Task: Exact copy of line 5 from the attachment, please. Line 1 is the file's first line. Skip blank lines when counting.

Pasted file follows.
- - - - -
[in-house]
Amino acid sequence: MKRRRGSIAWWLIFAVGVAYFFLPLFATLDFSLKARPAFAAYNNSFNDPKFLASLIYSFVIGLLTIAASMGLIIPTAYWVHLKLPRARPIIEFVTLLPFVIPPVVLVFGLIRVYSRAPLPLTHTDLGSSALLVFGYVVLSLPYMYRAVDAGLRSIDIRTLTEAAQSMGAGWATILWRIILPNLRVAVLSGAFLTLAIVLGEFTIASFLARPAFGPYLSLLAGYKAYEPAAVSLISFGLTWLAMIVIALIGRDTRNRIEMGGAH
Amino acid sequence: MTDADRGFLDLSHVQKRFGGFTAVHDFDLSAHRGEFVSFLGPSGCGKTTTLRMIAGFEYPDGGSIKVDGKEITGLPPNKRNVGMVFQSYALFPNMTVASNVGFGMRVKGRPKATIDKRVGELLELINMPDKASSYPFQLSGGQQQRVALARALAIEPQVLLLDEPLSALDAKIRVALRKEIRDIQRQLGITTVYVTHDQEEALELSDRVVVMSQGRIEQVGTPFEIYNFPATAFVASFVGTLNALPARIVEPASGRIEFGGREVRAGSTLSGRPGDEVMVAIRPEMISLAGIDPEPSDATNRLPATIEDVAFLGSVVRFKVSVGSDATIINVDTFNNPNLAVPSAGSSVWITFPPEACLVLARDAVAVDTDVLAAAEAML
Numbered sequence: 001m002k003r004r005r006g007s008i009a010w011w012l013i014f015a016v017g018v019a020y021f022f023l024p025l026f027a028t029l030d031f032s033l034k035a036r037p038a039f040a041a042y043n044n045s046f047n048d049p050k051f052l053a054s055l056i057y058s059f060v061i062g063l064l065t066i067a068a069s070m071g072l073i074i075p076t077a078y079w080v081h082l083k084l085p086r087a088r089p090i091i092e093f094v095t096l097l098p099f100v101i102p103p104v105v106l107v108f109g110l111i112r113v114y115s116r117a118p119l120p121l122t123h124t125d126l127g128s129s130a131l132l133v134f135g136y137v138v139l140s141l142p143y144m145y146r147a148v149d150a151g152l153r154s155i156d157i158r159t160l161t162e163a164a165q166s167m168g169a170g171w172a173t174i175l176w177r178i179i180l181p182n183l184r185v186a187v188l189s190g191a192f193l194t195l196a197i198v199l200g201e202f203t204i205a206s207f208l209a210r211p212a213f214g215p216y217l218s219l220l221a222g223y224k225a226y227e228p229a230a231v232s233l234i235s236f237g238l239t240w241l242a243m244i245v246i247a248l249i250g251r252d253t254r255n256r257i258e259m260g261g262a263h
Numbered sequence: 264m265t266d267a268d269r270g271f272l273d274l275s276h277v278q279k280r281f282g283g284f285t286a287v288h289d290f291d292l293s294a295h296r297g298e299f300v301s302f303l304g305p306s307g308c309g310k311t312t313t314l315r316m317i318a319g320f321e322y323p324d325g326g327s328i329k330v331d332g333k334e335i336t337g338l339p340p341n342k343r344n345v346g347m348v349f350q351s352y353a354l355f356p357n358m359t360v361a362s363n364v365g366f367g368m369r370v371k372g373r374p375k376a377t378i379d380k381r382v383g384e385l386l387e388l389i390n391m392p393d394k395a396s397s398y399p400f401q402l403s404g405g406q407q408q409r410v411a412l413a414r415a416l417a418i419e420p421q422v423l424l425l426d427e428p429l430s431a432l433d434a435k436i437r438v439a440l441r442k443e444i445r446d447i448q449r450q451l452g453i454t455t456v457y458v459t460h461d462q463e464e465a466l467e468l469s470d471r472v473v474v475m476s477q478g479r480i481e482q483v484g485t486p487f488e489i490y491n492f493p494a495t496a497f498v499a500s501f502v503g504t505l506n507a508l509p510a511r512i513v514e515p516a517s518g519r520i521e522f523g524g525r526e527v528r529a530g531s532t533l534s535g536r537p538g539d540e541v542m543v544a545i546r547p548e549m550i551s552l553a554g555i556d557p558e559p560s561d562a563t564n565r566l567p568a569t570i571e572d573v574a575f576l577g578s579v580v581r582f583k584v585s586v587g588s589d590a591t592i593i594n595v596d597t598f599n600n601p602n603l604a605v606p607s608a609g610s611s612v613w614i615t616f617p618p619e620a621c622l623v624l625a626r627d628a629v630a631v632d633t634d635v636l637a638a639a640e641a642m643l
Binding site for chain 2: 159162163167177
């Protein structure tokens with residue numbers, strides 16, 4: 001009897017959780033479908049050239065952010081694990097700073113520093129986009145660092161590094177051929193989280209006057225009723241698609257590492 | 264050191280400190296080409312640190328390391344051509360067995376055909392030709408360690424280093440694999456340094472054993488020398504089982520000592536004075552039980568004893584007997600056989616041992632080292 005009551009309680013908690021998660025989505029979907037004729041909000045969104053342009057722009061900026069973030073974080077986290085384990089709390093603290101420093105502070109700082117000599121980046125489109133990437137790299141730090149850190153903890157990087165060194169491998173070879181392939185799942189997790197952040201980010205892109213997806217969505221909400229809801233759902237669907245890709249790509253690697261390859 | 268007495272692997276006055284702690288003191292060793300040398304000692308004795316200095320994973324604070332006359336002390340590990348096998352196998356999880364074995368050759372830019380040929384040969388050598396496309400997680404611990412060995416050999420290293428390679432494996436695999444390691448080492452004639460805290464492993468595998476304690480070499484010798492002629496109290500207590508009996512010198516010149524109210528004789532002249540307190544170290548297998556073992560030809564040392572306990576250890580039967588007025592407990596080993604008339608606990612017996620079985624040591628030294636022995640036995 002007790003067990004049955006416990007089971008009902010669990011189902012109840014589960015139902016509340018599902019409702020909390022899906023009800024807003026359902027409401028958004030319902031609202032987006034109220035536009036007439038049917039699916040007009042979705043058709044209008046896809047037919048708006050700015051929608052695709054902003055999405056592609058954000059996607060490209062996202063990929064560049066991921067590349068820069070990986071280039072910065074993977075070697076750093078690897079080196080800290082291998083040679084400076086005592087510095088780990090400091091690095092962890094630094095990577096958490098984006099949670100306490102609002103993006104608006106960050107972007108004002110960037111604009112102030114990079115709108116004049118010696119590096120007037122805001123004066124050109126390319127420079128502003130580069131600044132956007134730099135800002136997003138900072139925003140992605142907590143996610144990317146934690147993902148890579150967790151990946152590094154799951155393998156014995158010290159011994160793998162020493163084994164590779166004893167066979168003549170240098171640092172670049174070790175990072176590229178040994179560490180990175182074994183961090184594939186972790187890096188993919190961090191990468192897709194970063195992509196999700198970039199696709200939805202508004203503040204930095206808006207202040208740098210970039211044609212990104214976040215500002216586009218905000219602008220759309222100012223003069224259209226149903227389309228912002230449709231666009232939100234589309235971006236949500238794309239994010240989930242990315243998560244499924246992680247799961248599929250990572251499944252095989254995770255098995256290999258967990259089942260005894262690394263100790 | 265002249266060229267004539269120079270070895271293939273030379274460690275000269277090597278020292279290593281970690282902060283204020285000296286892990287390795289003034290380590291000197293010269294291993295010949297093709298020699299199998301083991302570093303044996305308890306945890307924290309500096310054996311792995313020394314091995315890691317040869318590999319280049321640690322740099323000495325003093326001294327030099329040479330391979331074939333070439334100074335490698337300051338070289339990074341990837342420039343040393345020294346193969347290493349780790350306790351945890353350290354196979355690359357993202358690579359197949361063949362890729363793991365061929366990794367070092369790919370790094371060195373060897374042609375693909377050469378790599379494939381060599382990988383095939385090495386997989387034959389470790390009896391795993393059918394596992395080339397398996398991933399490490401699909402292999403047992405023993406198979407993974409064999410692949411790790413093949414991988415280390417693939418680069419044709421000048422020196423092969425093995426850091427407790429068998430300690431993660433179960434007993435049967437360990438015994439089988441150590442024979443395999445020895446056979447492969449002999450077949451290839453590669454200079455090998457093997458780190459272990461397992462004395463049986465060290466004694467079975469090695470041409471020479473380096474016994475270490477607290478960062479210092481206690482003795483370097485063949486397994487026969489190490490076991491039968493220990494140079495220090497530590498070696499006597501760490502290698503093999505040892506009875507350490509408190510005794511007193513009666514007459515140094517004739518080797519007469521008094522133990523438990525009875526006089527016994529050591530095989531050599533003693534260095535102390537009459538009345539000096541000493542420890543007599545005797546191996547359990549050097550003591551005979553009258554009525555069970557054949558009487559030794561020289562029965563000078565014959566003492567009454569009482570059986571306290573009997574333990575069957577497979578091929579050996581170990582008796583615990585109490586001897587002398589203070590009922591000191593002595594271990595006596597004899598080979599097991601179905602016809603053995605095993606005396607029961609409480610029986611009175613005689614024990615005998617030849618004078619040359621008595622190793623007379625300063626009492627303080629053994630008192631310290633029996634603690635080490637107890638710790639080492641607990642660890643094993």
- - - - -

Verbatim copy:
Numbered sequence: 264m265t266d267a268d269r270g271f272l273d274l275s276h277v278q279k280r281f282g283g284f285t286a287v288h289d290f291d292l293s294a295h296r297g298e299f300v301s302f303l304g305p306s307g308c309g310k311t312t313t314l315r316m317i318a319g320f321e322y323p324d325g326g327s328i329k330v331d332g333k334e335i336t337g338l339p340p341n342k343r344n345v346g347m348v349f350q351s352y353a354l355f356p357n358m359t360v361a362s363n364v365g366f367g368m369r370v371k372g373r374p375k376a377t378i379d380k381r382v383g384e385l386l387e388l389i390n391m392p393d394k395a396s397s398y399p400f401q402l403s404g405g406q407q408q409r410v411a412l413a414r415a416l417a418i419e420p421q422v423l424l425l426d427e428p429l430s431a432l433d434a435k436i437r438v439a440l441r442k443e444i445r446d447i448q449r450q451l452g453i454t455t456v457y458v459t460h461d462q463e464e465a466l467e468l469s470d471r472v473v474v475m476s477q478g479r480i481e482q483v484g485t486p487f488e489i490y491n492f493p494a495t496a497f498v499a500s501f502v503g504t505l506n507a508l509p510a511r512i513v514e515p516a517s518g519r520i521e522f523g524g525r526e527v528r529a530g531s532t533l534s535g536r537p538g539d540e541v542m543v544a545i546r547p548e549m550i551s552l553a554g555i556d557p558e559p560s561d562a563t564n565r566l567p568a569t570i571e572d573v574a575f576l577g578s579v580v581r582f583k584v585s586v587g588s589d590a591t592i593i594n595v596d597t598f599n600n601p602n603l604a605v606p607s608a609g610s611s612v613w614i615t616f617p618p619e620a621c622l623v624l625a626r627d628a629v630a631v632d633t634d635v636l637a638a639a640e641a642m643l